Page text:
The Ottumwa Courier

AP National

July 3, 2014

US seeks more security at some overseas airports

WASHINGTON (AP) — U.S. intelligence officials are concerned that al-Qaida is trying to develop a new and improved bomb that could go undetected through airport security.

There is no indication that such a bomb has been created or that there's a specific threat to the U.S., but the Obama administration on Wednesday called for tighter security measures at foreign airports that have direct flights to the U.S.

American intelligence has picked up indications that bomb makers from Yemen-based al-Qaida in the Arabian Peninsula have traveled to Syria to link up with the al-Qaida affiliate there, known as the Nusra Front, according to a counterterrorism official who spoke on condition of anonymity because he was not authorized to speak publicly about the matter by name. The enhanced security measures have been in the works for the past month, he said.

Al-Qaida in the Arabian Peninsula long has been fixated on bringing down airplanes with hidden explosives. It was behind failed and thwarted plots involving suicide bombers with explosives designed to be hidden inside underwear and explosives secreted inside printer cartridges shipped on cargo planes.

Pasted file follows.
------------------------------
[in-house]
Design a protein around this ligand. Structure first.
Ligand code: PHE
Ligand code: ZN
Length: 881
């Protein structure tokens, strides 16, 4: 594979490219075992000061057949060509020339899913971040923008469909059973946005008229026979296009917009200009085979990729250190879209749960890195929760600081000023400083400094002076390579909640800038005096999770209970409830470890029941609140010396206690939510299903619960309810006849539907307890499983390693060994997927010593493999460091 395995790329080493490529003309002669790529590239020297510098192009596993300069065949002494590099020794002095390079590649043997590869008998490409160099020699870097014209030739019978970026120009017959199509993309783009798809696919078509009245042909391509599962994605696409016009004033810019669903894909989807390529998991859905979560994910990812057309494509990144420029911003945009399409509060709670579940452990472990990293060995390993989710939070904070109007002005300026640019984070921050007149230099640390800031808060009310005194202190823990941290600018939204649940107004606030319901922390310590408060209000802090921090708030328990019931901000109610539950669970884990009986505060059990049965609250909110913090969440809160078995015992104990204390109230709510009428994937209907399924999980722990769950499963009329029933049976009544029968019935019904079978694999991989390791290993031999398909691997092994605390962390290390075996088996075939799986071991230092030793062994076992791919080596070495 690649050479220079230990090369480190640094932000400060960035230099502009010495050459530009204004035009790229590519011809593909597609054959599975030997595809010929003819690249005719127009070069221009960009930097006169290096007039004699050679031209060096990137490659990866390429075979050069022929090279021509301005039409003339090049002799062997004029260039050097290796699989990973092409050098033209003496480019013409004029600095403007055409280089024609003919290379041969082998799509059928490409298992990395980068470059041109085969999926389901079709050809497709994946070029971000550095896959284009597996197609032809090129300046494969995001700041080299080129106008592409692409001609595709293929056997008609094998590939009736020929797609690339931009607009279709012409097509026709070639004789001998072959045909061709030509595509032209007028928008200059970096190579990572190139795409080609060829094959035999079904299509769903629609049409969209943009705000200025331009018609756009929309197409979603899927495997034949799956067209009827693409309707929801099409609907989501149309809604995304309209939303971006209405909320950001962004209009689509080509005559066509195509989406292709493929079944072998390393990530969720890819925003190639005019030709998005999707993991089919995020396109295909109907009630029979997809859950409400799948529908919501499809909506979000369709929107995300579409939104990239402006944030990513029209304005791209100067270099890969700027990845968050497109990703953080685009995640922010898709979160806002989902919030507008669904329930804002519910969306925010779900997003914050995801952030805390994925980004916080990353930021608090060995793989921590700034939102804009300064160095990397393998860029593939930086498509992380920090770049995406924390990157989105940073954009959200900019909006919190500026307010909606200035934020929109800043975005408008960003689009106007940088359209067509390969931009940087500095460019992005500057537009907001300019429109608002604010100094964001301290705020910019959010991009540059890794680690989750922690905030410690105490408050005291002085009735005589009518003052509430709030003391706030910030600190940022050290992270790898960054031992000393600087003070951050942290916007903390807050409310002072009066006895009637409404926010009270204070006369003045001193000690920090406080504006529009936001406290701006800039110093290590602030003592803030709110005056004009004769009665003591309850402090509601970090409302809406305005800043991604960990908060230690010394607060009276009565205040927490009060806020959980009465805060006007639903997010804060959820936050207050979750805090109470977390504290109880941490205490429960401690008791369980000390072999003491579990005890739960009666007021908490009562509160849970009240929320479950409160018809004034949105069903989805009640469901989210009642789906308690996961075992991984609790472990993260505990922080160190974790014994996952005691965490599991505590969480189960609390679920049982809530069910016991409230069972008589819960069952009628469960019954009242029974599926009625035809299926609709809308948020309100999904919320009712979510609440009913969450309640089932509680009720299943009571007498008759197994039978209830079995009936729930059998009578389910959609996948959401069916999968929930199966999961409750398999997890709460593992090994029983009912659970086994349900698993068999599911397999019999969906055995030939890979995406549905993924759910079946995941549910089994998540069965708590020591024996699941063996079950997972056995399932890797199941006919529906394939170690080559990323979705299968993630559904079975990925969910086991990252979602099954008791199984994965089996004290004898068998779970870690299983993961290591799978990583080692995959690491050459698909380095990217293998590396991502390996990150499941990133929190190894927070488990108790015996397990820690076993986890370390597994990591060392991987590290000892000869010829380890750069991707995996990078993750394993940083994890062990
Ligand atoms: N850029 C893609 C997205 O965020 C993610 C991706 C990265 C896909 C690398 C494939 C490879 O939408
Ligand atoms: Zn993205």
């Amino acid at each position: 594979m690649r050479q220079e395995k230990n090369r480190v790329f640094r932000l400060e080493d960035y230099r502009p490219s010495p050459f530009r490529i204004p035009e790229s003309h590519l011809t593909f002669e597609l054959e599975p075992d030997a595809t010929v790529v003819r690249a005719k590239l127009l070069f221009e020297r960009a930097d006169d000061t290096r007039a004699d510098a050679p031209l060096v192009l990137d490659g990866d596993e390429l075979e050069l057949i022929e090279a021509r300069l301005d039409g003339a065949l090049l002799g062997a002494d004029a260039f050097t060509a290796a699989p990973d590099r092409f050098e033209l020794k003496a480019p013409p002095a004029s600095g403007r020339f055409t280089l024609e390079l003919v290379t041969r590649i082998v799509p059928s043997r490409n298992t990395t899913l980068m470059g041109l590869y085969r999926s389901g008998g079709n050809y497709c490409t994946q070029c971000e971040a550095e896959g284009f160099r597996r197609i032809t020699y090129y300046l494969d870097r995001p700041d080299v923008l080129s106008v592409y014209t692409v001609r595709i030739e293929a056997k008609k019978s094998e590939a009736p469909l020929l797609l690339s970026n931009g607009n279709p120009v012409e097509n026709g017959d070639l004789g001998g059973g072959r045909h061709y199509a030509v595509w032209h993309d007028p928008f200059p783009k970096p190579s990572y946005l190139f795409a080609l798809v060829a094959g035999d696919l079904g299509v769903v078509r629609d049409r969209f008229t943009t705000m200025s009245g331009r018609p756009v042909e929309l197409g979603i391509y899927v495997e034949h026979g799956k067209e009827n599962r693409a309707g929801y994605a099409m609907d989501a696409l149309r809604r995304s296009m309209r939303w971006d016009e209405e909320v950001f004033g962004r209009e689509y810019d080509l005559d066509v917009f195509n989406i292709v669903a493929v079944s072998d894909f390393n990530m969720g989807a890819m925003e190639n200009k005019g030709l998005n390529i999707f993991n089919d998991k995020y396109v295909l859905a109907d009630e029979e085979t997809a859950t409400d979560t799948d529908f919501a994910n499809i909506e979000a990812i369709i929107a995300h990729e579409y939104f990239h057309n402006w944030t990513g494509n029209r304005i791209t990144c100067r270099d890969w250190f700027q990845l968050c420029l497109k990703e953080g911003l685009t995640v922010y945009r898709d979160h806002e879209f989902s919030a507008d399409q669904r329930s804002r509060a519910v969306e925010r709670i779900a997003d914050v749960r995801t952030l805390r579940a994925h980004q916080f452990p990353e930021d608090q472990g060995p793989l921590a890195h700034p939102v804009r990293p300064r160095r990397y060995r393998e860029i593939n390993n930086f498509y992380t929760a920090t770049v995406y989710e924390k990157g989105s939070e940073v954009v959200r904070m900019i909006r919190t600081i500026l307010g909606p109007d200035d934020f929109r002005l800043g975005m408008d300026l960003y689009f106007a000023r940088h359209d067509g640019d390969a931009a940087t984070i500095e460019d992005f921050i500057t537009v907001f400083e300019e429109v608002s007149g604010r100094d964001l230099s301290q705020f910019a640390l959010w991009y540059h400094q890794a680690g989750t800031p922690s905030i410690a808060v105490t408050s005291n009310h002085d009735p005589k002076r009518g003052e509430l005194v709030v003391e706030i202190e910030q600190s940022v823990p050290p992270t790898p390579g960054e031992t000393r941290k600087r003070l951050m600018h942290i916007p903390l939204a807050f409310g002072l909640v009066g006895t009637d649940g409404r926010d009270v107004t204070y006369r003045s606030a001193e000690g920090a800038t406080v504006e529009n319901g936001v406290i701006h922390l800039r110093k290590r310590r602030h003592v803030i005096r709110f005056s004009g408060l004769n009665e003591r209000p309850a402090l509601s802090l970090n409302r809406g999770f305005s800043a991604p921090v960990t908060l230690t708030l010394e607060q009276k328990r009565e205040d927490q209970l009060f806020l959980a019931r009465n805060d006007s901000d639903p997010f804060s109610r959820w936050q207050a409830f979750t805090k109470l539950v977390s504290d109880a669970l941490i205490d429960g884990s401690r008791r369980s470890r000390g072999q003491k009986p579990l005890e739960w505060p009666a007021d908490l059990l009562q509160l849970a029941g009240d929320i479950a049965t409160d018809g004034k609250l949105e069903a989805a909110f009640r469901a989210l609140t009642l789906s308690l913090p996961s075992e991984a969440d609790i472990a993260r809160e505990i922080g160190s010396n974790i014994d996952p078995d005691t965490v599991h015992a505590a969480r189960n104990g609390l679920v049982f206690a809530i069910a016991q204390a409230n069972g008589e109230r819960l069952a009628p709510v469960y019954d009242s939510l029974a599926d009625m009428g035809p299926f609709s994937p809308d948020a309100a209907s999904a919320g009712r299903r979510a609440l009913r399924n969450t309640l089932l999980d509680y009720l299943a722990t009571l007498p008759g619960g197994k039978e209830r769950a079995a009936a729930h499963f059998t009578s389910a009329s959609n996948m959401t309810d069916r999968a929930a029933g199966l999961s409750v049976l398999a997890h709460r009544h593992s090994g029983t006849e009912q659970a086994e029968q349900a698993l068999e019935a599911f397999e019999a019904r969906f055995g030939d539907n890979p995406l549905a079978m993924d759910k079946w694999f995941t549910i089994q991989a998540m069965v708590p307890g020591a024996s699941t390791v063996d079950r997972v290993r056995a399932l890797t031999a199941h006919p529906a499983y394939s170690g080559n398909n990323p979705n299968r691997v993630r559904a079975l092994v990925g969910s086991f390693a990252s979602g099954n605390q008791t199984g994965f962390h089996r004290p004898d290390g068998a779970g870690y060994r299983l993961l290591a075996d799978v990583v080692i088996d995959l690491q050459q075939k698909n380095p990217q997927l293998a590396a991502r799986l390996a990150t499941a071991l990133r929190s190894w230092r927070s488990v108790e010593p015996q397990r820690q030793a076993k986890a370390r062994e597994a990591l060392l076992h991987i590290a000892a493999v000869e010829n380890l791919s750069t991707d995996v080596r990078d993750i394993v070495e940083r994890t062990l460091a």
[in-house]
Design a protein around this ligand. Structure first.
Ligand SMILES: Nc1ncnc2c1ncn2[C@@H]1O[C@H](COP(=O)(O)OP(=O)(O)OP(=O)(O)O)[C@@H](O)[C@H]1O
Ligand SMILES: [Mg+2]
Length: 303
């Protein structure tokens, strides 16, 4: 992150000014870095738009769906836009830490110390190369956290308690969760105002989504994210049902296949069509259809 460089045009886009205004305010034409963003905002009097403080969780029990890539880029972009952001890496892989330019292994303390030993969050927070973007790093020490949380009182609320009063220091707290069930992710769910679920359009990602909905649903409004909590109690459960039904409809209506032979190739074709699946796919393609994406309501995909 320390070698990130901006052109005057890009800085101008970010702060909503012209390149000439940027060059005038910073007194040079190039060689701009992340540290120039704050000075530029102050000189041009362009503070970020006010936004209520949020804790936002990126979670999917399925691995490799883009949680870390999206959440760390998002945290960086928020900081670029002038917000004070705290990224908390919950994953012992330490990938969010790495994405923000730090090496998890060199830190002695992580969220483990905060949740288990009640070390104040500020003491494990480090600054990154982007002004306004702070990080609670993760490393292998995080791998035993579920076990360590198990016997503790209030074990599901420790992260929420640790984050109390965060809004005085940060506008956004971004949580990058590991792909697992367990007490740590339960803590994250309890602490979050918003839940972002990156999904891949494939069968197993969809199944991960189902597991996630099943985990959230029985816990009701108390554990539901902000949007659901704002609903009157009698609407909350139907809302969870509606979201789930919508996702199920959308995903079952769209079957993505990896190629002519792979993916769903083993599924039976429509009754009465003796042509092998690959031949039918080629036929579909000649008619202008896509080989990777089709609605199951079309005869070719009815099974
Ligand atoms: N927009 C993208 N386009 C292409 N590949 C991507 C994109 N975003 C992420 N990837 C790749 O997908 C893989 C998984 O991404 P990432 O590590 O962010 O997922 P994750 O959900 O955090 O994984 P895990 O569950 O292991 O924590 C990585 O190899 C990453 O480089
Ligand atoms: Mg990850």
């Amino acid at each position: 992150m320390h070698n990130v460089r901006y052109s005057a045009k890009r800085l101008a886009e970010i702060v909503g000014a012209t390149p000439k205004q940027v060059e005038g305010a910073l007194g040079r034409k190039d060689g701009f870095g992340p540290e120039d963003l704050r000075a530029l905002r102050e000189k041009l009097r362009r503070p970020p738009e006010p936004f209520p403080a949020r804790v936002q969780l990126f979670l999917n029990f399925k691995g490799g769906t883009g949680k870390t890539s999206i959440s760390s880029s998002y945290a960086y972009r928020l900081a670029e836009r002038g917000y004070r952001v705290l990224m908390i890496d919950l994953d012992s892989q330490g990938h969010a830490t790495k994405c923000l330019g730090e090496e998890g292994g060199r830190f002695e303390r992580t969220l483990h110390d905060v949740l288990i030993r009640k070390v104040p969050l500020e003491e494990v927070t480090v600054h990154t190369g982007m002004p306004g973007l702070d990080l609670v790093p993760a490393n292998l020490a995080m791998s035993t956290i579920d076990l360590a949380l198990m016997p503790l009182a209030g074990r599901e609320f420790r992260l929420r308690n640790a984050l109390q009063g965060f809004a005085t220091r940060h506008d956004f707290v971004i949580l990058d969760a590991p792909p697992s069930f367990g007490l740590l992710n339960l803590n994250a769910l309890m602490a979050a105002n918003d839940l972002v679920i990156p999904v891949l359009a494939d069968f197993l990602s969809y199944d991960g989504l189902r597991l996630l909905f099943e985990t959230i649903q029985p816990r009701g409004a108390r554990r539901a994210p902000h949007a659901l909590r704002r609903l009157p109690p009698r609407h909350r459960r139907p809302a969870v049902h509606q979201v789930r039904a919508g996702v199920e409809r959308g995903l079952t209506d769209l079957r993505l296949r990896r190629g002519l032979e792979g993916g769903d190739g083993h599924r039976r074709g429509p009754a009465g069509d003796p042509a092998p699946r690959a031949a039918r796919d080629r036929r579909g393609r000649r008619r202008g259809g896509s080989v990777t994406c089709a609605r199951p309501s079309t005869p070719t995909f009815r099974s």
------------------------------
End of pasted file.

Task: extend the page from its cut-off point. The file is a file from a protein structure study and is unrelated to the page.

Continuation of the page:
Over the past year, Americans and others from the West have traveled to Syria to join the fight against the Syrian government. The fear is that fighters with a U.S. or other Western passport, who therefore are subject to less stringent security screening, could carry such a bomb onto an American plane.

The counterterrorism official declined to describe the bomb. But officials in the past have raised concerns about non-metallic explosives being surgically implanted inside a traveler's body, designed to be undetectable in pat-downs or metal detectors.

The call for increased security was not connected to Iraq or the recent violence there, said a second U.S. counterterrorism official who was not authorized to speak publicly by name. Another U.S. official, also speaking on condition of anonymity, said the increased security measures had nothing to do with the upcoming July Fourth holiday or any specific threat.

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